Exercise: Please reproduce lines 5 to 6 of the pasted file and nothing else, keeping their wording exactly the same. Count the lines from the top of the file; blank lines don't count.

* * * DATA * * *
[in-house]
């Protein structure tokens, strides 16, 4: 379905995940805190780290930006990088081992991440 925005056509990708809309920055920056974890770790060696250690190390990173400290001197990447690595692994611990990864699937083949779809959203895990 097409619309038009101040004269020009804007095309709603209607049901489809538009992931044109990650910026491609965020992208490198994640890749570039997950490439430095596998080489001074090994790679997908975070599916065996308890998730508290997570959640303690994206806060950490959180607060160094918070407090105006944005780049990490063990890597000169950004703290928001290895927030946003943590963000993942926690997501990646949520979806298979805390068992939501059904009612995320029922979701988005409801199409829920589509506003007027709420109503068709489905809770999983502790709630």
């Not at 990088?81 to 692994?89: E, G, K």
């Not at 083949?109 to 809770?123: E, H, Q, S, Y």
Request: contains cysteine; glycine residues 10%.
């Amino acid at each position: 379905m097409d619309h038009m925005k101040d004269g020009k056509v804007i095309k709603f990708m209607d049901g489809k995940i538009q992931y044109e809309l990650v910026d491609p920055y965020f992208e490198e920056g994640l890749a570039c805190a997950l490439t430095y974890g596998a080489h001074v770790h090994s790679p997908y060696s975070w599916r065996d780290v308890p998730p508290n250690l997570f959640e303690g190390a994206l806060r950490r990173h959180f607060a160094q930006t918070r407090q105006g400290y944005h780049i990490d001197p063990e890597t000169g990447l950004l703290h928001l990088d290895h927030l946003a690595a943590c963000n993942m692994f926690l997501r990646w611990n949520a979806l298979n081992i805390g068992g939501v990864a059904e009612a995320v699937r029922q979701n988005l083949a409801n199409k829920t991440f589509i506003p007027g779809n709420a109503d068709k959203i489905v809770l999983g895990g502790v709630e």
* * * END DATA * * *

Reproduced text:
Request: contains cysteine; glycine residues 10%.
């Amino acid at each position: 379905m097409d619309h038009m925005k101040d004269g020009k056509v804007i095309k709603f990708m209607d049901g489809k995940i538009q992931y044109e809309l990650v910026d491609p920055y965020f992208e490198e920056g994640l890749a570039c805190a997950l490439t430095y974890g596998a080489h001074v770790h090994s790679p997908y060696s975070w599916r065996d780290v308890p998730p508290n250690l997570f959640e303690g190390a994206l806060r950490r990173h959180f607060a160094q930006t918070r407090q105006g400290y944005h780049i990490d001197p063990e890597t000169g990447l950004l703290h928001l990088d290895h927030l946003a690595a943590c963000n993942m692994f926690l997501r990646w611990n949520a979806l298979n081992i805390g068992g939501v990864a059904e009612a995320v699937r029922q979701n988005l083949a409801n199409k829920t991440f589509i506003p007027g779809n709420a109503d068709k959203i489905v809770l999983g895990g502790v709630e």